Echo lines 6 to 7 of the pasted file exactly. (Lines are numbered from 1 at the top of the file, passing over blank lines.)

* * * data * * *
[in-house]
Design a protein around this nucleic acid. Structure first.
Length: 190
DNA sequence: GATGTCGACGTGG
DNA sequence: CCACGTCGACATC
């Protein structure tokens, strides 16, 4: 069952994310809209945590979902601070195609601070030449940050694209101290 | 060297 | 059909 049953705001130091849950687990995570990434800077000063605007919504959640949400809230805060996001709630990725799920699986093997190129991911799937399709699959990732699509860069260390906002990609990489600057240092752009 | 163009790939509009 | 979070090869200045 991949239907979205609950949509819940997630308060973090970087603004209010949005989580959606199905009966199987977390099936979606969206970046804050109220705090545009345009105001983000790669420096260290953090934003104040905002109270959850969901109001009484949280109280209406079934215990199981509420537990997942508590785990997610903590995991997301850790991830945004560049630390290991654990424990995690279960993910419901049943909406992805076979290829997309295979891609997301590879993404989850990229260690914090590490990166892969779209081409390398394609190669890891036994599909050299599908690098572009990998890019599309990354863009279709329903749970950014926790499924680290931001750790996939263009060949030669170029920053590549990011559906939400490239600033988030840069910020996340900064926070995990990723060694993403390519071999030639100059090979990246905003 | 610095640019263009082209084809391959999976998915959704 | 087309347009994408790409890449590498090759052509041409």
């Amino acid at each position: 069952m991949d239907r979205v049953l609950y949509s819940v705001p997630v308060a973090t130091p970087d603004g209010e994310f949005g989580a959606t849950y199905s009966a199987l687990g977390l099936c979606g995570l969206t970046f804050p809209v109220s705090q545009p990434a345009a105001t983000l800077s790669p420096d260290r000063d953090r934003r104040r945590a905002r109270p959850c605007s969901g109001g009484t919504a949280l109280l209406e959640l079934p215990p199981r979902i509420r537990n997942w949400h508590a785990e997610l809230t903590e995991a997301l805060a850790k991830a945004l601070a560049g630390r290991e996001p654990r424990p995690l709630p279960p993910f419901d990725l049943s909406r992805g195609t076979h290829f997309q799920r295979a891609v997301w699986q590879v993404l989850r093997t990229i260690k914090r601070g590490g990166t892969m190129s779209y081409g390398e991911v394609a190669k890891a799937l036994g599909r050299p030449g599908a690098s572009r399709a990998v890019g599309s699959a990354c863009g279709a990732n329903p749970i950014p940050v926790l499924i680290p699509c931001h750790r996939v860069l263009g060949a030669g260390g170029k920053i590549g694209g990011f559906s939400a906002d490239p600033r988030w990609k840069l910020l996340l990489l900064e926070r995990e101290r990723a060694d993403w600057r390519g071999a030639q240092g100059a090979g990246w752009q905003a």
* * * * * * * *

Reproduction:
């Protein structure tokens, strides 16, 4: 069952994310809209945590979902601070195609601070030449940050694209101290 | 060297 | 059909 049953705001130091849950687990995570990434800077000063605007919504959640949400809230805060996001709630990725799920699986093997190129991911799937399709699959990732699509860069260390906002990609990489600057240092752009 | 163009790939509009 | 979070090869200045 991949239907979205609950949509819940997630308060973090970087603004209010949005989580959606199905009966199987977390099936979606969206970046804050109220705090545009345009105001983000790669420096260290953090934003104040905002109270959850969901109001009484949280109280209406079934215990199981509420537990997942508590785990997610903590995991997301850790991830945004560049630390290991654990424990995690279960993910419901049943909406992805076979290829997309295979891609997301590879993404989850990229260690914090590490990166892969779209081409390398394609190669890891036994599909050299599908690098572009990998890019599309990354863009279709329903749970950014926790499924680290931001750790996939263009060949030669170029920053590549990011559906939400490239600033988030840069910020996340900064926070995990990723060694993403390519071999030639100059090979990246905003 | 610095640019263009082209084809391959999976998915959704 | 087309347009994408790409890449590498090759052509041409």
């Amino acid at each position: 069952m991949d239907r979205v049953l609950y949509s819940v705001p997630v308060a973090t130091p970087d603004g209010e994310f949005g989580a959606t849950y199905s009966a199987l687990g977390l099936c979606g995570l969206t970046f804050p809209v109220s705090q545009p990434a345009a105001t983000l800077s790669p420096d260290r000063d953090r934003r104040r945590a905002r109270p959850c605007s969901g109001g009484t919504a949280l109280l209406e959640l079934p215990p199981r979902i509420r537990n997942w949400h508590a785990e997610l809230t903590e995991a997301l805060a850790k991830a945004l601070a560049g630390r290991e996001p654990r424990p995690l709630p279960p993910f419901d990725l049943s909406r992805g195609t076979h290829f997309q799920r295979a891609v997301w699986q590879v993404l989850r093997t990229i260690k914090r601070g590490g990166t892969m190129s779209y081409g390398e991911v394609a190669k890891a799937l036994g599909r050299p030449g599908a690098s572009r399709a990998v890019g599309s699959a990354c863009g279709a990732n329903p749970i950014p940050v926790l499924i680290p699509c931001h750790r996939v860069l263009g060949a030669g260390g170029k920053i590549g694209g990011f559906s939400a906002d490239p600033r988030w990609k840069l910020l996340l990489l900064e926070r995990e101290r990723a060694d993403w600057r390519g071999a030639q240092g100059a090979g990246w752009q905003a």